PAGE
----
After leading ‘virtual’ Angelus, pope blesses crowd in St. Peter’s Square

Pope Francis is pictured on a video monitor in St. Peter’s Square as he leads the Angelus from his library in the Apostolic Palace at the Vatican March 8, 2020. As a precaution to avoid spread of the coronavirus, the pope’s Sunday Angelus was broadcast on television and displayed on monitors in St. Peter’s Square. After leading the Angelus through video the pope said wanted to see the crowd in “real time” and came to the window of his studio to greet people in the square. (CNS photo/Paul Haring)

By Cindy Wooden 
Catholic News Service

VATICAN CITY (CNS) — Pope Francis did not recite the Sunday Angelus from the window of his studio overlooking St. Peter’s Square March 8, but he did go to the window to wave and to bless the pilgrims who showed up anyway.

The Vatican had announced the day before that the Angelus prayer and the pope’s weekly general audience March 11 would be livestreamed from the papal library “to avoid the risk of spreading the COVID-19 (coronavirus),” especially given the crowding that occurs at the security checkpoints on entering the square.

The Italian government and Vatican City State health services have asked people throughout Italy to avoid large gatherings, particularly indoors, and to keep a yard’s distance between people in public in the hopes of slowing the spread of the virus.

Following the lead of the Italian government, the Vatican also announced March 8 that the Vatican Museums, the necropolis under St. Peter’s Basilica and the papal villa at Castel Gandolfo would be closed until April 3 to reduce situations where people crowd together.

Pope Francis began his Angelus address acknowledging that “it’s a bit odd, today’s Angelus prayer with the pope ‘caged’ in the library,” but he said he could see there were people in the square and he was with all those who were praying with him.

“I am close in prayer to the people who are suffering from the current coronavirus epidemic and all those who are caring for them,” the pope said. “I join my brother bishops in encouraging the faithful to live this difficult moment with the strength of faith, the certainty of hope and the fervor of charity.”

“May this season of Lent help us give everything a Gospel sense, even this moment of trial and suffering,” Pope Francis said.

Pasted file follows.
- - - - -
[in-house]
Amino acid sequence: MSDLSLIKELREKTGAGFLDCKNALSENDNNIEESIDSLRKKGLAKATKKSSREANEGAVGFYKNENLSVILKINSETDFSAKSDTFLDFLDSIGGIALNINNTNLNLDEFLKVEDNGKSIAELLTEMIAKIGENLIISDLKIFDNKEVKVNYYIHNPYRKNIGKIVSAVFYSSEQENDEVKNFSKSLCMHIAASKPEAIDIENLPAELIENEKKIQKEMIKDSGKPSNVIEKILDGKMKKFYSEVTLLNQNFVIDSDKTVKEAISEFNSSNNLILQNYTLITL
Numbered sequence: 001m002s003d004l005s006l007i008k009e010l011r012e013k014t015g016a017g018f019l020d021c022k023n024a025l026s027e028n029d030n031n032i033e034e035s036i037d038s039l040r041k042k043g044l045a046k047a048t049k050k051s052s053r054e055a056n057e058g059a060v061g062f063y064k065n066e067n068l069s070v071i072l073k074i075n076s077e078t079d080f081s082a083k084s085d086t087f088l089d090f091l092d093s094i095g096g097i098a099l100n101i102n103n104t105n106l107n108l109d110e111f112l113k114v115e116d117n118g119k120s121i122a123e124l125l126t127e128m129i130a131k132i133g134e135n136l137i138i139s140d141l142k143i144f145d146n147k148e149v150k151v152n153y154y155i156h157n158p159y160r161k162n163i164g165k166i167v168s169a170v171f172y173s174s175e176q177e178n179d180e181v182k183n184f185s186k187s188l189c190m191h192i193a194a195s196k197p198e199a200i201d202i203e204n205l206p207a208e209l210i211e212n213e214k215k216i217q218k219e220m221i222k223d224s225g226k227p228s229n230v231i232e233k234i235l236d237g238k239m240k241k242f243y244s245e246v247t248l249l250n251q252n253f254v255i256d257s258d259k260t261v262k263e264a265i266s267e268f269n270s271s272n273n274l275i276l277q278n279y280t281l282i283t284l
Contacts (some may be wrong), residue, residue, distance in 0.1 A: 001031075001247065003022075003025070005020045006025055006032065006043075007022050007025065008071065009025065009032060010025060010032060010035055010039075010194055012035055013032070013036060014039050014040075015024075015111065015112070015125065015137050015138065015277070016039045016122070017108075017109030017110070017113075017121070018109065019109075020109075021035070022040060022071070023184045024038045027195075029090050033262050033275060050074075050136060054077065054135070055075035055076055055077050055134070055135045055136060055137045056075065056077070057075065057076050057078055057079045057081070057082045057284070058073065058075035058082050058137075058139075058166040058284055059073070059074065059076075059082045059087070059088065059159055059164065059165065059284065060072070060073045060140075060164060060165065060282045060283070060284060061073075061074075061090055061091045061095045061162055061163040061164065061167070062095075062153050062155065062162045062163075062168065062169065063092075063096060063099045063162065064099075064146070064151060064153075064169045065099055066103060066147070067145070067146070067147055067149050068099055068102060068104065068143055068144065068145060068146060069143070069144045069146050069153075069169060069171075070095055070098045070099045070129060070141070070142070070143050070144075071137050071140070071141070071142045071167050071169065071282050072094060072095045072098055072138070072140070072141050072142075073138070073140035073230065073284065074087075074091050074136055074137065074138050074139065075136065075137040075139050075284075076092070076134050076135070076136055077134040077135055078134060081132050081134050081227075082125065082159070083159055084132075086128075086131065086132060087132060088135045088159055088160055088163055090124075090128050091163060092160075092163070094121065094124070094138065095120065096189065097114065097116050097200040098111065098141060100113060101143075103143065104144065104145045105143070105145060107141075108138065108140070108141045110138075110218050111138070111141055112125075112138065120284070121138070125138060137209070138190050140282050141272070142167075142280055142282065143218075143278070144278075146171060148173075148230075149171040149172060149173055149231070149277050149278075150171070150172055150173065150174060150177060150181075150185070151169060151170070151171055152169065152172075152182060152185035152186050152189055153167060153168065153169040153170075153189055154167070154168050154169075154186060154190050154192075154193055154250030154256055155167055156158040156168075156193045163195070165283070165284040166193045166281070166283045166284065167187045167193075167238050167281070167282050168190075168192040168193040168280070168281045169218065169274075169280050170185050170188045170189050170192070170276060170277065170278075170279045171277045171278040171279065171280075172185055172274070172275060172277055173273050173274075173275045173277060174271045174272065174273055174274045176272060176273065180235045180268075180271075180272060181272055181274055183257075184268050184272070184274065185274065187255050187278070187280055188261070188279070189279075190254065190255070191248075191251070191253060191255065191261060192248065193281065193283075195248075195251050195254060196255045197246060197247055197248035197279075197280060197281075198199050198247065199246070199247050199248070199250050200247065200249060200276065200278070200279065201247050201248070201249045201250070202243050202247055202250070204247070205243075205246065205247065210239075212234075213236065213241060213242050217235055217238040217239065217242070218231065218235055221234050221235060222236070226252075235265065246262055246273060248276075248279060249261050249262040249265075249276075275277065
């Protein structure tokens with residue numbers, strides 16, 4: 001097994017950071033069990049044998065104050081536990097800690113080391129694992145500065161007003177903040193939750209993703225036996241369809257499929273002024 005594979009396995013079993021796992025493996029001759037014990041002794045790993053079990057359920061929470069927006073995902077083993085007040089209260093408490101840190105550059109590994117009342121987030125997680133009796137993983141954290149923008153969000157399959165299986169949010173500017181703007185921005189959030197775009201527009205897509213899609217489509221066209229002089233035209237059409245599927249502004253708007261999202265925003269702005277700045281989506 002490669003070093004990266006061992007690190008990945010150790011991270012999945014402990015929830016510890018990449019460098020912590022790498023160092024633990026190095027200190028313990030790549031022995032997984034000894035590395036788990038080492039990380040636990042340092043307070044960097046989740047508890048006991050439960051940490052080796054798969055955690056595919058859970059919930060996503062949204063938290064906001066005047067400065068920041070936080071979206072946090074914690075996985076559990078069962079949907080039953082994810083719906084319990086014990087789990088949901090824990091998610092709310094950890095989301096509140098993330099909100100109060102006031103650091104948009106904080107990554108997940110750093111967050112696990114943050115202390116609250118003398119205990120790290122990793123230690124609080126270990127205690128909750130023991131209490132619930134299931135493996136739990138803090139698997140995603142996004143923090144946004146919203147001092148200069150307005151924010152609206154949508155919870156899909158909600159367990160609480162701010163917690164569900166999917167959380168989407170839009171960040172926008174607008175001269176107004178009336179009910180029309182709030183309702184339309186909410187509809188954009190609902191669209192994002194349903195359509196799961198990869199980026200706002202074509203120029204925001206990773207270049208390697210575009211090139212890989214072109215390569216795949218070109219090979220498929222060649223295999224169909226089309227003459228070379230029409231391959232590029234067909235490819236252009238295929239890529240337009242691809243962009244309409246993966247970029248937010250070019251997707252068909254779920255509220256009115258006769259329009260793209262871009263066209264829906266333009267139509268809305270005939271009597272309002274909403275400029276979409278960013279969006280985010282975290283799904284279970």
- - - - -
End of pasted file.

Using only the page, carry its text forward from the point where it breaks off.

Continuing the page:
After his Ash Wednesday services Feb. 26, Pope Francis began cancelling events because of a cold, according to the Vatican press office. While he was not coughing during the Angelus March 8 and while his voice was not as hoarse at it had been, the microphone did pick up the sound of wheezing.

The tradition of the pope reciting the Angelus with visitors in St. Peter’s Square began with Pope Pius XII in the fall of 1954; he had done a special radio broadcast of the Angelus on the feast of the Assumption, Aug. 15, that year and decided it was a practice he wanted to expand.

Since then, the popes have kept the Sunday noon appointment except when they were traveling or, in the case of St. John Paul II, when he was hospitalized. However, even after being shot May 13, 1981, he recorded a brief message broadcast in St. Peter’s Square.

In his main Angelus address March 8, Pope Francis spoke about the day’s Gospel account of the Transfiguration.

Jesus took Peter, James and John up Mount Tabor with him; “the privilege of being at the Transfiguration was reserved to them” and not all twelve apostles, the pope noted. “But why the choice of these three? Were they holier? No. Peter, at time of trial would deny him. And the two brothers, James and John, would ask to have the first places in his kingdom.”

“Jesus does not choose according to our criteria, but according to his plan of love,” the pope said. “Jesus’ love has no limit.”

“It was a gratuitous choice, without condition, a free initiative, a divine friendship that asked nothing in return,” Pope Francis said. “And as he called those three disciples, today he still calls some to be close to him in order to give witness.”

“Being witnesses of Jesus is a gift that we have not deserved,” the pope said. “We feel inadequate, but we cannot withdraw with the excuse of our incompetence.”

People often are tempted to say that they are too busy to pray or to help out in the parish or to assist a neighbor in need, the pope said. “But we must not forget that the baptism we received makes us witnesses, not because of our own abilities, but by the gift of the Spirit.”

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